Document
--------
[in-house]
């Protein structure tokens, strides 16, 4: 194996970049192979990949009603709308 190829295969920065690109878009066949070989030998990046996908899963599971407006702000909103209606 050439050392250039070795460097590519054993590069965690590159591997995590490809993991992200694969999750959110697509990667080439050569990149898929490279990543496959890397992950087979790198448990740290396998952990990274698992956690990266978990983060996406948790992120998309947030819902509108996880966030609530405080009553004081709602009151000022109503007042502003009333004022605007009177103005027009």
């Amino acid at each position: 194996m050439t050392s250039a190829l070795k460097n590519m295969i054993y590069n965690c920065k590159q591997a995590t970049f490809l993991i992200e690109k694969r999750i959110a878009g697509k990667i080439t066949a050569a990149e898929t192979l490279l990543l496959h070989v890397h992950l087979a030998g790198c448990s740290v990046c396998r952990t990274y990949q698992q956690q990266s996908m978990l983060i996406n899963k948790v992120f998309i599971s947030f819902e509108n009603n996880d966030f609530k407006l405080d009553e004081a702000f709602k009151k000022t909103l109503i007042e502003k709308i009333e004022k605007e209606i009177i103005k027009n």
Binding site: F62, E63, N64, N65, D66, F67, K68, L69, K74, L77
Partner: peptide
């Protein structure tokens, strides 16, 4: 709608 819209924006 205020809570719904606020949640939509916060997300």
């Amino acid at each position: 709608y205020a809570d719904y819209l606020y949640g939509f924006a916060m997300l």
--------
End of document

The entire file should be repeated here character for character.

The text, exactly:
[in-house]
């Protein structure tokens, strides 16, 4: 194996970049192979990949009603709308 190829295969920065690109878009066949070989030998990046996908899963599971407006702000909103209606 050439050392250039070795460097590519054993590069965690590159591997995590490809993991992200694969999750959110697509990667080439050569990149898929490279990543496959890397992950087979790198448990740290396998952990990274698992956690990266978990983060996406948790992120998309947030819902509108996880966030609530405080009553004081709602009151000022109503007042502003009333004022605007009177103005027009």
């Amino acid at each position: 194996m050439t050392s250039a190829l070795k460097n590519m295969i054993y590069n965690c920065k590159q591997a995590t970049f490809l993991i992200e690109k694969r999750i959110a878009g697509k990667i080439t066949a050569a990149e898929t192979l490279l990543l496959h070989v890397h992950l087979a030998g790198c448990s740290v990046c396998r952990t990274y990949q698992q956690q990266s996908m978990l983060i996406n899963k948790v992120f998309i599971s947030f819902e509108n009603n996880d966030f609530k407006l405080d009553e004081a702000f709602k009151k000022t909103l109503i007042e502003k709308i009333e004022k605007e209606i009177i103005k027009n």
Binding site: F62, E63, N64, N65, D66, F67, K68, L69, K74, L77
Partner: peptide
């Protein structure tokens, strides 16, 4: 709608 819209924006 205020809570719904606020949640939509916060997300």
């Amino acid at each position: 709608y205020a809570d719904y819209l606020y949640g939509f924006a916060m997300l």